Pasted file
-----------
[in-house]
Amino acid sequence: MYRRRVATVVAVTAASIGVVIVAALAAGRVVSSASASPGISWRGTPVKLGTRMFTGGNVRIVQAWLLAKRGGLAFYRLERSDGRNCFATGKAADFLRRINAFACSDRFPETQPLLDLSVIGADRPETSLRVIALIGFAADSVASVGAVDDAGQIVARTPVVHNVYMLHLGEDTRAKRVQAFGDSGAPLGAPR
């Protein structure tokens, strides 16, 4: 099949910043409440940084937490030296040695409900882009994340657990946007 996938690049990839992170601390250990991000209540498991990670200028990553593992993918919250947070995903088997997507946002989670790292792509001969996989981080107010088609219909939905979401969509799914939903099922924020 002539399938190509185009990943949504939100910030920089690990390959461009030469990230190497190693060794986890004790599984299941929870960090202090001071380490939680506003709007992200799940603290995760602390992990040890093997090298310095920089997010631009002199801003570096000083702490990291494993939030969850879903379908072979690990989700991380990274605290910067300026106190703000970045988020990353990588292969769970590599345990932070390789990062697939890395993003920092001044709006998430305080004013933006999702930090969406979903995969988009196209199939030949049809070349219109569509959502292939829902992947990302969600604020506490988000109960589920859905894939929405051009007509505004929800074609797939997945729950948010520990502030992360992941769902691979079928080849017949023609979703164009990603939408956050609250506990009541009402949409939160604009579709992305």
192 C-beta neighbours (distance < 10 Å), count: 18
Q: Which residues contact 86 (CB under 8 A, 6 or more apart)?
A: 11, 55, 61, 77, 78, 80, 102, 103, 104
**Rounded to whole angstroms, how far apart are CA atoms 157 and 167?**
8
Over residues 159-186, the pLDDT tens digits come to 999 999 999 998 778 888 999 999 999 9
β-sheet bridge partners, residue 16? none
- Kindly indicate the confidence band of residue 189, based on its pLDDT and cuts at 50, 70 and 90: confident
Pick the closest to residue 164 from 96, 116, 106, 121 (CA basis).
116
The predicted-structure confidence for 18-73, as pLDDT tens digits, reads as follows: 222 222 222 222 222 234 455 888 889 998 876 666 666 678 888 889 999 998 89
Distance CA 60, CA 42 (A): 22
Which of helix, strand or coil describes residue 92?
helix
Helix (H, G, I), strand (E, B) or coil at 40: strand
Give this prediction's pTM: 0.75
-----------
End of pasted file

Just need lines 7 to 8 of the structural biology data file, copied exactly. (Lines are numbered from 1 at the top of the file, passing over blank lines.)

**Rounded to whole angstroms, how far apart are CA atoms 157 and 167?**
8